9 AI trends on our radar
How new developments in automation, machine deception, hardware, and more will shape AI.
Here are key AI trends business leaders and practitioners should watch in the months ahead.
We will start to see technologies enable partial automation of a variety of tasks.
Automation occurs in stages. While full automation might still be a ways off, there are many workflows and tasks that lend themselves to partial automation. In fact, McKinsey estimates that “fewer than 5% of occupations can be entirely automated using current technology. However, about 60% of occupations could have 30% or more of their constituent activities automated.”
We have already seen some interesting products and services that rely on computer vision and speech technologies, and we expect to see even more in 2019. Look for additional improvements in language models and robotics that will result in solutions that target text and physical tasks. Rather than waiting for a complete automation model, competition will drive organizations to implement partial automation solutions—and the success of those partial automation projects will spur further development.
AI in the enterprise will build upon existing analytic applications.
Companies have spent the last few years building processes and infrastructure to unlock disparate data sources in order to improve analytics on their most mission-critical analysis, whether it is business analytics, recommenders and personalization, forecasting, or anomaly detection and monitoring.
Aside from new systems that use vision and speech technologies, we expect early forays into deep learning and reinforcement learning will be in areas where companies already have data and machine learning in place. For example, companies are infusing their systems for temporal and geospatial data with deep learning, resulting in scalable and more accurate hybrid systems (i.e., systems that combine deep learning with other machine learning methods).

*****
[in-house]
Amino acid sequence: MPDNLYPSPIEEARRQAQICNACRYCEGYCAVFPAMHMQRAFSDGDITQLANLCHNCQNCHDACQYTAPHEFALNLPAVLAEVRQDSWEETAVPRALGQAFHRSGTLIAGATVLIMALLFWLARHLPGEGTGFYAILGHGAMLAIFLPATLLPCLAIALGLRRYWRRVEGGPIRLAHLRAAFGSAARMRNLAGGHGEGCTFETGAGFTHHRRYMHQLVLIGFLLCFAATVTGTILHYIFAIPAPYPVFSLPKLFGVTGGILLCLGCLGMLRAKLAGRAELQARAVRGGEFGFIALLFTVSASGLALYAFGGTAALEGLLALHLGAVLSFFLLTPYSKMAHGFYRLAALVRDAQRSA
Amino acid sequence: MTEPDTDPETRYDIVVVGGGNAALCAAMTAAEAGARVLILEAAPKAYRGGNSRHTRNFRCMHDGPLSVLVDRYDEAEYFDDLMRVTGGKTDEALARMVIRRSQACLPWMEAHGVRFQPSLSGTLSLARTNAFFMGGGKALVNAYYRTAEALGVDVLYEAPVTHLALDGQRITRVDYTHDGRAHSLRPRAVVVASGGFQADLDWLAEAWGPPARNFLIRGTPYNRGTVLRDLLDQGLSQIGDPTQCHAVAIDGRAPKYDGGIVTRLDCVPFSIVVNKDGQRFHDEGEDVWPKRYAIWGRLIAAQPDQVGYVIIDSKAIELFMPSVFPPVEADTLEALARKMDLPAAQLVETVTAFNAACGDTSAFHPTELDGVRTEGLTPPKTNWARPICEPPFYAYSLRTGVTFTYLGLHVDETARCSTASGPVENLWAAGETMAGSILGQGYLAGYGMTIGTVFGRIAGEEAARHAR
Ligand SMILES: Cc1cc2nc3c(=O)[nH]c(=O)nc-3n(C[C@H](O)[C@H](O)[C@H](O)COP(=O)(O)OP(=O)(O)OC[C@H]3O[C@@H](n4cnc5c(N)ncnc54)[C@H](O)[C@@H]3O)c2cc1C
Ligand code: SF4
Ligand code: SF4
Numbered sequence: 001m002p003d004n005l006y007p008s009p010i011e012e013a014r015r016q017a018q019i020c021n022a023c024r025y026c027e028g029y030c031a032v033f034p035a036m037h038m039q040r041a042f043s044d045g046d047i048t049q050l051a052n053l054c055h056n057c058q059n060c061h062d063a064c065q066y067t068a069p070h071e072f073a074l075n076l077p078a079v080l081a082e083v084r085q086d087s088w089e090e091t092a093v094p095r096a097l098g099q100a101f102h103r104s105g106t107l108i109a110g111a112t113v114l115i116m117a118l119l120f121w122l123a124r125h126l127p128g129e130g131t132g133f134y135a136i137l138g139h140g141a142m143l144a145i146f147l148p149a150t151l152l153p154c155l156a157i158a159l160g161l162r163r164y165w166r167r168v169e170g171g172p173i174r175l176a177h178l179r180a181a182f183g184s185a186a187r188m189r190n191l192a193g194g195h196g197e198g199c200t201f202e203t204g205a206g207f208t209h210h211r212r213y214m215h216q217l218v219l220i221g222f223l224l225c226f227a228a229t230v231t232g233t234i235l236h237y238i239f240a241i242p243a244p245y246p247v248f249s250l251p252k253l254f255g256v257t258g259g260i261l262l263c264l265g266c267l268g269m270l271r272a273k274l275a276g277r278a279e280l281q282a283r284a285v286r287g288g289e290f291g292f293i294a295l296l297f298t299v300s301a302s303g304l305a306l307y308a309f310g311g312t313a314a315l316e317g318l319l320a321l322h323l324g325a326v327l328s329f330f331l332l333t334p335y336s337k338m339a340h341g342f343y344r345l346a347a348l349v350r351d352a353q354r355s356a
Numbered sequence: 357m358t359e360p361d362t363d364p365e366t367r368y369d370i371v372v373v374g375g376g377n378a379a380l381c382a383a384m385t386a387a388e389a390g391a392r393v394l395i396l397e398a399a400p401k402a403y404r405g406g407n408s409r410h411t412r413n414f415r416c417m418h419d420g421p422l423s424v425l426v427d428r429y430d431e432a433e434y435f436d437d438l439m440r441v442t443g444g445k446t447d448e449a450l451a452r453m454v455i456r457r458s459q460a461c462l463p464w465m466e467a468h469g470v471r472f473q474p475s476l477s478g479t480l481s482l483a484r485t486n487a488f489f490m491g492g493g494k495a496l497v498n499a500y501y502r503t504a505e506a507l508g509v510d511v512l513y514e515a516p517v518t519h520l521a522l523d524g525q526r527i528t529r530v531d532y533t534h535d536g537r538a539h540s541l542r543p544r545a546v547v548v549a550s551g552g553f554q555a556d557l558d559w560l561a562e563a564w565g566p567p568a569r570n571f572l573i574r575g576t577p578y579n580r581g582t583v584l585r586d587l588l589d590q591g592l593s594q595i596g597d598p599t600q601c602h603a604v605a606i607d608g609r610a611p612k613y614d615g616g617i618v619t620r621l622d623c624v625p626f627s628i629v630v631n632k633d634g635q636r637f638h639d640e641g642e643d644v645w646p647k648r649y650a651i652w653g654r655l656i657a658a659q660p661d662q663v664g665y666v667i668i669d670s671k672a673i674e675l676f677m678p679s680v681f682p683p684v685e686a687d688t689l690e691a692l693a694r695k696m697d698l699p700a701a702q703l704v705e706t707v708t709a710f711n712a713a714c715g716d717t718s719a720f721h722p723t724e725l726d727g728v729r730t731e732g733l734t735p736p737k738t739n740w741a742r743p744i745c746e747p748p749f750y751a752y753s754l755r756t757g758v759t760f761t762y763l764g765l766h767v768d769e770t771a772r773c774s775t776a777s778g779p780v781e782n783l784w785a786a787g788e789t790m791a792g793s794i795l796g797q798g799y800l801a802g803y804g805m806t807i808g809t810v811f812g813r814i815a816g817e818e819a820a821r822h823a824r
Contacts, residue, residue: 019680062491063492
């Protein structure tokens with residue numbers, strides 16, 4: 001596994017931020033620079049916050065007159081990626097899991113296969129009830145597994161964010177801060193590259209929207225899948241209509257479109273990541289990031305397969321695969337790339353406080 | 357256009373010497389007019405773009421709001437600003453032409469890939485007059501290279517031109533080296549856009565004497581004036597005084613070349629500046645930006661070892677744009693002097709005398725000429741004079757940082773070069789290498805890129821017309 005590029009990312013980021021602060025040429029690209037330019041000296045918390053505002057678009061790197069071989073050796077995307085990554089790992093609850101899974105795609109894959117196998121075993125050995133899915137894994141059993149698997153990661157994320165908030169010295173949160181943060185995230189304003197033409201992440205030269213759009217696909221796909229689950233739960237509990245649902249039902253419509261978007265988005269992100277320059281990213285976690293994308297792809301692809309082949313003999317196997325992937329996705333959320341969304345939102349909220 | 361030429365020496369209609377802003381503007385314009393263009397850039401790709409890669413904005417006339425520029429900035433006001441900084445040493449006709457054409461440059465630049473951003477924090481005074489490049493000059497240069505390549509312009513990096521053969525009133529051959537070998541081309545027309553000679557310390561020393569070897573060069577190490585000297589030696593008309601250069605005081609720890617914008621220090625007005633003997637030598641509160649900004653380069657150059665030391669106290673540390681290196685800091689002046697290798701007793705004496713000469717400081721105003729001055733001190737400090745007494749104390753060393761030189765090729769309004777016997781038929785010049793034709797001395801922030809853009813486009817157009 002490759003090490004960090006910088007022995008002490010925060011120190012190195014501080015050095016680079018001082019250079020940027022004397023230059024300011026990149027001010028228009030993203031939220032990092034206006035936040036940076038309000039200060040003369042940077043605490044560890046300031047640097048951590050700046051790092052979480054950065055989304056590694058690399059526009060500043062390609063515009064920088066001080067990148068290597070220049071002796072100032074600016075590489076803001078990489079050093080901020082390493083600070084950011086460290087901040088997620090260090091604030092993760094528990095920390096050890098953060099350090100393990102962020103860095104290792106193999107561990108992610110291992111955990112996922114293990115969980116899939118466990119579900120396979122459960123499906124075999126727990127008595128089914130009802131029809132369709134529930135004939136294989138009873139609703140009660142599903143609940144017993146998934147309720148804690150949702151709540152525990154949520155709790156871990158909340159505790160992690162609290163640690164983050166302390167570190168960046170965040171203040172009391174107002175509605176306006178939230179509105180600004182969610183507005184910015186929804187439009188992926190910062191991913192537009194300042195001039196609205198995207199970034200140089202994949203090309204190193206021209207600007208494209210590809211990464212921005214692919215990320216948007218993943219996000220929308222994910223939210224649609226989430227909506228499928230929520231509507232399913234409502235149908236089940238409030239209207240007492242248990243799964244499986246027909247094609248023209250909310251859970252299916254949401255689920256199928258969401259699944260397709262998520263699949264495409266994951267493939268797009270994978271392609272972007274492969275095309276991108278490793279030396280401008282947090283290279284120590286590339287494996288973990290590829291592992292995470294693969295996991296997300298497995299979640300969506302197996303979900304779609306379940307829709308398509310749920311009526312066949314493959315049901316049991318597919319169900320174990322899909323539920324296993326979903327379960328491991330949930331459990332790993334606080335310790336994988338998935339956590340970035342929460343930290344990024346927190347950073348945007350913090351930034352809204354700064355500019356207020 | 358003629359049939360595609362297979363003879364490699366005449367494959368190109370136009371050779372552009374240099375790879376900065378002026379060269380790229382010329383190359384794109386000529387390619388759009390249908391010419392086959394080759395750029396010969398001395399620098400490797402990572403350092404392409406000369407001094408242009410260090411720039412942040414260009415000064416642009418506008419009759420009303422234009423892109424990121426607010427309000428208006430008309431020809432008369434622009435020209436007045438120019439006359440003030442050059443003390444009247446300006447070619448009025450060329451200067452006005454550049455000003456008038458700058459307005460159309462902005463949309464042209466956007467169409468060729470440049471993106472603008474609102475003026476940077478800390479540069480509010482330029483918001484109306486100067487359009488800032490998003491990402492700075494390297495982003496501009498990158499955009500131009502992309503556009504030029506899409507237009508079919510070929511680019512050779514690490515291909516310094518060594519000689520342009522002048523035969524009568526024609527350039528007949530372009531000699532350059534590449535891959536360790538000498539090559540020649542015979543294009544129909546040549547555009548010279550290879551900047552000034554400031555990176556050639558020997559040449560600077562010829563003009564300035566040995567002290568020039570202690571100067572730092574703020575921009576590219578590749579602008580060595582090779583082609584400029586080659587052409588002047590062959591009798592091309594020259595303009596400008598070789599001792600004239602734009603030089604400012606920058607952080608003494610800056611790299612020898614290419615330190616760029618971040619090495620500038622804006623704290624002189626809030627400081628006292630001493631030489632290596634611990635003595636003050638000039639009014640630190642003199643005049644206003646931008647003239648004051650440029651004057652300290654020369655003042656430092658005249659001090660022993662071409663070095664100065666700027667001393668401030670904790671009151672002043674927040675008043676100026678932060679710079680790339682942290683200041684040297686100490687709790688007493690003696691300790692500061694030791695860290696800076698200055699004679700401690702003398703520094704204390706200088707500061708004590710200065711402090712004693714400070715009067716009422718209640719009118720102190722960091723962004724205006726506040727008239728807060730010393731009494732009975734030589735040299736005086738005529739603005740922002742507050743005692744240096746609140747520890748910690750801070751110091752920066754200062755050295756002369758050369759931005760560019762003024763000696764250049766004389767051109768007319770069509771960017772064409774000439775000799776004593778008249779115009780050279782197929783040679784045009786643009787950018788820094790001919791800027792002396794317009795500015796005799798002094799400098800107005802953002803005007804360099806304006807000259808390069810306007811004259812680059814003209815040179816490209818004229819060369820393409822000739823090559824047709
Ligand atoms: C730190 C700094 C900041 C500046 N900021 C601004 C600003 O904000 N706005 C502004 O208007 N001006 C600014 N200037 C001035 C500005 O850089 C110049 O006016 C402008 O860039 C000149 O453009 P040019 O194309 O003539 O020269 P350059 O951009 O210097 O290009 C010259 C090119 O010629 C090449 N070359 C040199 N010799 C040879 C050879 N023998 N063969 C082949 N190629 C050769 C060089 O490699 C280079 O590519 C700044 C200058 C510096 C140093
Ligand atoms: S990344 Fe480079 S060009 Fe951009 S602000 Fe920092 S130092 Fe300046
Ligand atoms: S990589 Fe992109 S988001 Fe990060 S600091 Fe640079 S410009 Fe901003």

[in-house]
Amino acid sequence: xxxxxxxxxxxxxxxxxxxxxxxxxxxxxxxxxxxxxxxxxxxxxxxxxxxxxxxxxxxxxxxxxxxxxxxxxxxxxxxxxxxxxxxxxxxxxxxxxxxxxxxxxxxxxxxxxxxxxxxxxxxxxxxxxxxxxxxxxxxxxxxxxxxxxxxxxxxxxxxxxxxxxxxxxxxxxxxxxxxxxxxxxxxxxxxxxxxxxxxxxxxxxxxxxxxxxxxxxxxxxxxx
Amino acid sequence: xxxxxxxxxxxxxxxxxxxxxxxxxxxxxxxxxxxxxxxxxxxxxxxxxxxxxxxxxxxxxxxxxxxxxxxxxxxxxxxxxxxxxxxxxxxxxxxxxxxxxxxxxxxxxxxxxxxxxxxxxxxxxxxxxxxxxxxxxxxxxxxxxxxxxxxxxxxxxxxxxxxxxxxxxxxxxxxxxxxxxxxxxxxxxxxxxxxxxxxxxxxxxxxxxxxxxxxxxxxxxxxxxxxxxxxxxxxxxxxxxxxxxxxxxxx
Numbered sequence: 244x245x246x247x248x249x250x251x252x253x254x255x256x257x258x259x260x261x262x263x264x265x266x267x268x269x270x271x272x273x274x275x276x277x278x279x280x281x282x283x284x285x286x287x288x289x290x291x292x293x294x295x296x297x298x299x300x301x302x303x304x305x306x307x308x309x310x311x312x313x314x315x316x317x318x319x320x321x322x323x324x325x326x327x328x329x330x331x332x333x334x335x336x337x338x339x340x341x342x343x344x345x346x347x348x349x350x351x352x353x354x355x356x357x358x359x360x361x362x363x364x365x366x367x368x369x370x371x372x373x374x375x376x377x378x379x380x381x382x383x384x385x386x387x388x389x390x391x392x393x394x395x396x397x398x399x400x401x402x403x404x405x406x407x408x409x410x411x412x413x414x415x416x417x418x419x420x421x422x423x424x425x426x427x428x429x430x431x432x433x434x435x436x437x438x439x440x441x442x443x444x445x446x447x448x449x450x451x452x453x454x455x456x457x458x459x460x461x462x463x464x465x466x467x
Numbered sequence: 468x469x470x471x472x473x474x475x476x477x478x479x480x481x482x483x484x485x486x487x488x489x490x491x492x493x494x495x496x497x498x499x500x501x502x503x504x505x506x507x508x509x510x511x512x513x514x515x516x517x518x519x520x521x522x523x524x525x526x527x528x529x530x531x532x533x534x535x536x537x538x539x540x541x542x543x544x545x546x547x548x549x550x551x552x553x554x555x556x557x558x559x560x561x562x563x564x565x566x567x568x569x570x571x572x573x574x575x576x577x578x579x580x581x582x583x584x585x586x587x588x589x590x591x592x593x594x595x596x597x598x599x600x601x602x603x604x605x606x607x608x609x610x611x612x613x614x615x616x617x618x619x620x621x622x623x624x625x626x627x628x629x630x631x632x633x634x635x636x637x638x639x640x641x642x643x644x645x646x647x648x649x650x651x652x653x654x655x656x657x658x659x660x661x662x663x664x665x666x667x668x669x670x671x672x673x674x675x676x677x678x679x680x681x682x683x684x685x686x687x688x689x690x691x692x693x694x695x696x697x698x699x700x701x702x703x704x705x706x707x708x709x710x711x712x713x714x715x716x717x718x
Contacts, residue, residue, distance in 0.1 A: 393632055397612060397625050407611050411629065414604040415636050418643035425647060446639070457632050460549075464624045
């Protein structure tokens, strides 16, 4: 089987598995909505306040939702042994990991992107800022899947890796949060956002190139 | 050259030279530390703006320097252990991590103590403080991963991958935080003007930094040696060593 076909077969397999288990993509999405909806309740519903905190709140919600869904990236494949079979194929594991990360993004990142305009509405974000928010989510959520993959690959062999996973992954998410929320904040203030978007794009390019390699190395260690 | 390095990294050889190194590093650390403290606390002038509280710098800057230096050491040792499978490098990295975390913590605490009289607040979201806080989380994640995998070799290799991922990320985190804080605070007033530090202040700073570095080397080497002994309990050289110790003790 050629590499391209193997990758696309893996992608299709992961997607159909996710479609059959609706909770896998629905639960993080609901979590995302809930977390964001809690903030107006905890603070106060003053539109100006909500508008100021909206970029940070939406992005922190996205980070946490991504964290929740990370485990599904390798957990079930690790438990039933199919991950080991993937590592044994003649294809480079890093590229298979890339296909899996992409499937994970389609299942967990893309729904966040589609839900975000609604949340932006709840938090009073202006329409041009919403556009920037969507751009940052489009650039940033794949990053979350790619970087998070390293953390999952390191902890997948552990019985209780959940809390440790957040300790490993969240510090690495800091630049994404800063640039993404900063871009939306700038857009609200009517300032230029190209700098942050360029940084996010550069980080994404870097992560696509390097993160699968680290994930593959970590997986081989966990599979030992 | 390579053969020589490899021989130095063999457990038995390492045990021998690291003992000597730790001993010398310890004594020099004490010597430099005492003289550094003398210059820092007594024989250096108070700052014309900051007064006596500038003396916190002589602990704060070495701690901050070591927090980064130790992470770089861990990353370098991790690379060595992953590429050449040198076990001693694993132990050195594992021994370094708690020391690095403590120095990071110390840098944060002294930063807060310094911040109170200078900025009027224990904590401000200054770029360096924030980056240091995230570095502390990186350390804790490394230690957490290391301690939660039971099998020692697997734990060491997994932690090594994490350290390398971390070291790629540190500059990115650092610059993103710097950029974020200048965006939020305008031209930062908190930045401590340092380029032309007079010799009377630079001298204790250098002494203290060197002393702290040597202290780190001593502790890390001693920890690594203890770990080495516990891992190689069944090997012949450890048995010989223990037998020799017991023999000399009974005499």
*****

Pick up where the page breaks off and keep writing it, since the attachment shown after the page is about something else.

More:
In an age of partial automation and human-in-the-loop solutions, UX/UI design will be critical.
Many current AI solutions work hand in hand with consumers, human workers, and domain experts. These systems improve the productivity of users and in many cases enable them to perform tasks at incredible scale and accuracy. Proper UX/UI design not only streamlines those tasks but also goes a long way toward getting users to trust and use AI solutions.
We will see specialized hardware for sensing, model training, and model inference.
The resurgence in deep learning began around 2011 with record-setting models in speech and computer vision. Today, there is certainly enough scale to justify specialized hardware—Facebook alone makes trillions of predictions per day. Google, too, has had enough scale to justify producing its own specialized hardware: it has been using its tensor processing units (TPUs) in its cloud since last year. 2019 should see a broader selection of specialized hardware begin to appear. Numerous companies and startups in China and the US have been working on hardware that targets model building and inference, both in the data center and on edge devices.
AI solutions will continue to rely on hybrid models.